Contaminated Zones is a project by the Swedish artist Jesper Nordahl. Nordahl uses a variety of media—such as video, photography, painting, text and public interventions—to explore issues of art, image, representation and knowledge production. His works, which are mostly collaborative and context-based, reposition the artist as an agent and/or researcher who invents forms that constantly renegotiate art as a critical project.
Contaminated Zones contains two video works that are interconnected with the political and economical deviations that accompany the process of privatization in Sri Lanka.
Katunayake Free Trade Zone is an aerial recording of the Katunayake Free Trade Zone, close to Colombo and the International Airport in Sri Lanka. Free Trade Zones, which are special economic and highly protected areas with factories for export, were established in Sri Lanka in 1978 as part of structural adjustment policies introduced by the IMF and World Bank.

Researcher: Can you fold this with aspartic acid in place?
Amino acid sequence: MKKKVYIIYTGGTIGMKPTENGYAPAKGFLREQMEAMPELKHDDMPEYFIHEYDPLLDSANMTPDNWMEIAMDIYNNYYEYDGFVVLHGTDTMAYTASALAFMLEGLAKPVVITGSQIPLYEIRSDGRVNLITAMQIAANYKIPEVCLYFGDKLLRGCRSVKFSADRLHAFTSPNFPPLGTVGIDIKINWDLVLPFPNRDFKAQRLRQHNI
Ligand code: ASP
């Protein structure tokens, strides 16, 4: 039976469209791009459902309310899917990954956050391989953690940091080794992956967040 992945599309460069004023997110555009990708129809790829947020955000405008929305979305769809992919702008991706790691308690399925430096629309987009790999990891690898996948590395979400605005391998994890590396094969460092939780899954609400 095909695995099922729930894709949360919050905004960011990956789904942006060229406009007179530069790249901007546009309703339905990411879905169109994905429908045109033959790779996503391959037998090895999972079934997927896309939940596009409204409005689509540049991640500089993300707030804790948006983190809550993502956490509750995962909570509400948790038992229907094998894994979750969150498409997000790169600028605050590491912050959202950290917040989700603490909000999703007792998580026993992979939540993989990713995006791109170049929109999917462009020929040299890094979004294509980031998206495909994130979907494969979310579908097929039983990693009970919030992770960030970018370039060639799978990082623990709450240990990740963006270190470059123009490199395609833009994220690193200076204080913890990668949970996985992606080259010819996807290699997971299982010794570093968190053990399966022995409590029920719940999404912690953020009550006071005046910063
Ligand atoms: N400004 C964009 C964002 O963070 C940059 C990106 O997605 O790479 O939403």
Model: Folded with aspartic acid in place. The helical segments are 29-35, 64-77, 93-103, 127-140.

Untitled—An interview with Nimalka Fernando, Colombo, Oct. 2011 is based on an interview with Nimalka Fernando, who is an attorney-at-law and women’s rights activist from Sri Lanka.The content of both works depicts remarkably similar situations and transformations all over the globe.
The exhibition is made possible by generous support from Museum of Fine Arts (Galerija Umjetnina), Split and Iaspis, the Swedish Arts Grants Committee’s International Programme for Visual and Applied Artists.